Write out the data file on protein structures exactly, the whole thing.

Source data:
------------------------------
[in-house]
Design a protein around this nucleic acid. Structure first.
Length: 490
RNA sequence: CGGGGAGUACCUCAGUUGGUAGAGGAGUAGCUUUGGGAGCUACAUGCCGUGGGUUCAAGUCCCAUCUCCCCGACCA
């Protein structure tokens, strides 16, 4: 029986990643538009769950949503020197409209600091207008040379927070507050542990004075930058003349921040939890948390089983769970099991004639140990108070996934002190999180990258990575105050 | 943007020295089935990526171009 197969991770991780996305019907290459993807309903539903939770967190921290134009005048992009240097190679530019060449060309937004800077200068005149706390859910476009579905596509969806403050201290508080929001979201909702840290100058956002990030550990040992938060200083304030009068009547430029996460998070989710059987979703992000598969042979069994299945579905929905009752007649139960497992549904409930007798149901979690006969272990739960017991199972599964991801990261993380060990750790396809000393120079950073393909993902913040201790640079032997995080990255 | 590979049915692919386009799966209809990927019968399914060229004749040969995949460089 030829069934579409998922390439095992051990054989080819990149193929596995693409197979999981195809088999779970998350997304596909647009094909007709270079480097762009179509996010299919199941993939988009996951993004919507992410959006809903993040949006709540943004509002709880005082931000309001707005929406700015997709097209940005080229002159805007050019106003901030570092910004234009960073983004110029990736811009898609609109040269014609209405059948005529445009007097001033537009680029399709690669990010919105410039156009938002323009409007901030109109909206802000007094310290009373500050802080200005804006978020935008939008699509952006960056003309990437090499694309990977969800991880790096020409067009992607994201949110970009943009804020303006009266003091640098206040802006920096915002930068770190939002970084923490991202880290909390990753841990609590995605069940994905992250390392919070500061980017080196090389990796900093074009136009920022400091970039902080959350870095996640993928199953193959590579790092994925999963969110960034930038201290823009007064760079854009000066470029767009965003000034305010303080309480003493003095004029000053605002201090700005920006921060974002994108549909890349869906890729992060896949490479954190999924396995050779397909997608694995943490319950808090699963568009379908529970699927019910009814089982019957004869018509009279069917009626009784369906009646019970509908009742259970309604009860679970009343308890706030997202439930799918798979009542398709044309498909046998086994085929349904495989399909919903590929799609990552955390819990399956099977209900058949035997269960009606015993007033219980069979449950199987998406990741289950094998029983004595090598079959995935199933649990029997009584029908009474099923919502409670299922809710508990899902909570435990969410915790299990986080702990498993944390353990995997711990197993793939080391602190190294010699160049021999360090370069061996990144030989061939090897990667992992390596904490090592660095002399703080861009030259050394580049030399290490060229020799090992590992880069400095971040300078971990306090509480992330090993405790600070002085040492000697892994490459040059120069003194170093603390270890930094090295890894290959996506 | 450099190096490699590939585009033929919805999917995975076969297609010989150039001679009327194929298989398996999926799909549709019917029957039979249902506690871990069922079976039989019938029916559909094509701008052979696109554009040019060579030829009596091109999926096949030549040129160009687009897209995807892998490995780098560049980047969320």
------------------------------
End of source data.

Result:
[in-house]
Design a protein around this nucleic acid. Structure first.
Length: 490
RNA sequence: CGGGGAGUACCUCAGUUGGUAGAGGAGUAGCUUUGGGAGCUACAUGCCGUGGGUUCAAGUCCCAUCUCCCCGACCA
């Protein structure tokens, strides 16, 4: 029986990643538009769950949503020197409209600091207008040379927070507050542990004075930058003349921040939890948390089983769970099991004639140990108070996934002190999180990258990575105050 | 943007020295089935990526171009 197969991770991780996305019907290459993807309903539903939770967190921290134009005048992009240097190679530019060449060309937004800077200068005149706390859910476009579905596509969806403050201290508080929001979201909702840290100058956002990030550990040992938060200083304030009068009547430029996460998070989710059987979703992000598969042979069994299945579905929905009752007649139960497992549904409930007798149901979690006969272990739960017991199972599964991801990261993380060990750790396809000393120079950073393909993902913040201790640079032997995080990255 | 590979049915692919386009799966209809990927019968399914060229004749040969995949460089 030829069934579409998922390439095992051990054989080819990149193929596995693409197979999981195809088999779970998350997304596909647009094909007709270079480097762009179509996010299919199941993939988009996951993004919507992410959006809903993040949006709540943004509002709880005082931000309001707005929406700015997709097209940005080229002159805007050019106003901030570092910004234009960073983004110029990736811009898609609109040269014609209405059948005529445009007097001033537009680029399709690669990010919105410039156009938002323009409007901030109109909206802000007094310290009373500050802080200005804006978020935008939008699509952006960056003309990437090499694309990977969800991880790096020409067009992607994201949110970009943009804020303006009266003091640098206040802006920096915002930068770190939002970084923490991202880290909390990753841990609590995605069940994905992250390392919070500061980017080196090389990796900093074009136009920022400091970039902080959350870095996640993928199953193959590579790092994925999963969110960034930038201290823009007064760079854009000066470029767009965003000034305010303080309480003493003095004029000053605002201090700005920006921060974002994108549909890349869906890729992060896949490479954190999924396995050779397909997608694995943490319950808090699963568009379908529970699927019910009814089982019957004869018509009279069917009626009784369906009646019970509908009742259970309604009860679970009343308890706030997202439930799918798979009542398709044309498909046998086994085929349904495989399909919903590929799609990552955390819990399956099977209900058949035997269960009606015993007033219980069979449950199987998406990741289950094998029983004595090598079959995935199933649990029997009584029908009474099923919502409670299922809710508990899902909570435990969410915790299990986080702990498993944390353990995997711990197993793939080391602190190294010699160049021999360090370069061996990144030989061939090897990667992992390596904490090592660095002399703080861009030259050394580049030399290490060229020799090992590992880069400095971040300078971990306090509480992330090993405790600070002085040492000697892994490459040059120069003194170093603390270890930094090295890894290959996506 | 450099190096490699590939585009033929919805999917995975076969297609010989150039001679009327194929298989398996999926799909549709019917029957039979249902506690871990069922079976039989019938029916559909094509701008052979696109554009040019060579030829009596091109999926096949030549040129160009687009897209995807892998490995780098560049980047969320």